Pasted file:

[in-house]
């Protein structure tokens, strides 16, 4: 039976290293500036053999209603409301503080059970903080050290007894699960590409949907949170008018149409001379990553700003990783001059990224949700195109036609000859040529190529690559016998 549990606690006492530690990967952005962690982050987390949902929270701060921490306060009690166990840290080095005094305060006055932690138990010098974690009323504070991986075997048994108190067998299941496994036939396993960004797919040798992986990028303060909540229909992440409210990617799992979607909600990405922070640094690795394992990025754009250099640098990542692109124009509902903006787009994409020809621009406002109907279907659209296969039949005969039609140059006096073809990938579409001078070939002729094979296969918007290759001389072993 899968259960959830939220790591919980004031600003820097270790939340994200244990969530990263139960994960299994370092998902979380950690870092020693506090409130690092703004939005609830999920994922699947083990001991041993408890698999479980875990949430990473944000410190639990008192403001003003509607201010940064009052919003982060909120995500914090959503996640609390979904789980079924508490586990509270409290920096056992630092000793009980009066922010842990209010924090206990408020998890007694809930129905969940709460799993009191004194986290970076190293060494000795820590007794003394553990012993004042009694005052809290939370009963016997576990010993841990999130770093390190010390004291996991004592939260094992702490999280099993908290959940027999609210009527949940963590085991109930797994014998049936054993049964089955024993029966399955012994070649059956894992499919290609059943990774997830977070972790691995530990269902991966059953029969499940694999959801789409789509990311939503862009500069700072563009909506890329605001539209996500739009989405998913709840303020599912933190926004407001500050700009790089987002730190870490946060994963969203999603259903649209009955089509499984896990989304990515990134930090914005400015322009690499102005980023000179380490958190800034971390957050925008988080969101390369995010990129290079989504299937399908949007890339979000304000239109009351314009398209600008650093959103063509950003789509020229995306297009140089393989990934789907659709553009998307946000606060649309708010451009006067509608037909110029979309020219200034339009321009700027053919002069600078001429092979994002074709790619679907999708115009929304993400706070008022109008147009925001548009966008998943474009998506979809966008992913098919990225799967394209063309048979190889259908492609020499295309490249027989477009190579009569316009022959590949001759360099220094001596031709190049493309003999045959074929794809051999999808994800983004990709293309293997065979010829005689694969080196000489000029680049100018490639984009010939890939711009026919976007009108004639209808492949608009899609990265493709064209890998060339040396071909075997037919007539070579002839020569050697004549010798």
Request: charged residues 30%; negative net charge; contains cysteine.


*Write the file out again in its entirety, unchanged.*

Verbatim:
[in-house]
């Protein structure tokens, strides 16, 4: 039976290293500036053999209603409301503080059970903080050290007894699960590409949907949170008018149409001379990553700003990783001059990224949700195109036609000859040529190529690559016998 549990606690006492530690990967952005962690982050987390949902929270701060921490306060009690166990840290080095005094305060006055932690138990010098974690009323504070991986075997048994108190067998299941496994036939396993960004797919040798992986990028303060909540229909992440409210990617799992979607909600990405922070640094690795394992990025754009250099640098990542692109124009509902903006787009994409020809621009406002109907279907659209296969039949005969039609140059006096073809990938579409001078070939002729094979296969918007290759001389072993 899968259960959830939220790591919980004031600003820097270790939340994200244990969530990263139960994960299994370092998902979380950690870092020693506090409130690092703004939005609830999920994922699947083990001991041993408890698999479980875990949430990473944000410190639990008192403001003003509607201010940064009052919003982060909120995500914090959503996640609390979904789980079924508490586990509270409290920096056992630092000793009980009066922010842990209010924090206990408020998890007694809930129905969940709460799993009191004194986290970076190293060494000795820590007794003394553990012993004042009694005052809290939370009963016997576990010993841990999130770093390190010390004291996991004592939260094992702490999280099993908290959940027999609210009527949940963590085991109930797994014998049936054993049964089955024993029966399955012994070649059956894992499919290609059943990774997830977070972790691995530990269902991966059953029969499940694999959801789409789509990311939503862009500069700072563009909506890329605001539209996500739009989405998913709840303020599912933190926004407001500050700009790089987002730190870490946060994963969203999603259903649209009955089509499984896990989304990515990134930090914005400015322009690499102005980023000179380490958190800034971390957050925008988080969101390369995010990129290079989504299937399908949007890339979000304000239109009351314009398209600008650093959103063509950003789509020229995306297009140089393989990934789907659709553009998307946000606060649309708010451009006067509608037909110029979309020219200034339009321009700027053919002069600078001429092979994002074709790619679907999708115009929304993400706070008022109008147009925001548009966008998943474009998506979809966008992913098919990225799967394209063309048979190889259908492609020499295309490249027989477009190579009569316009022959590949001759360099220094001596031709190049493309003999045959074929794809051999999808994800983004990709293309293997065979010829005689694969080196000489000029680049100018490639984009010939890939711009026919976007009108004639209808492949608009899609990265493709064209890998060339040396071909075997037919007539070579002839020569050697004549010798």
Request: charged residues 30%; negative net charge; contains cysteine.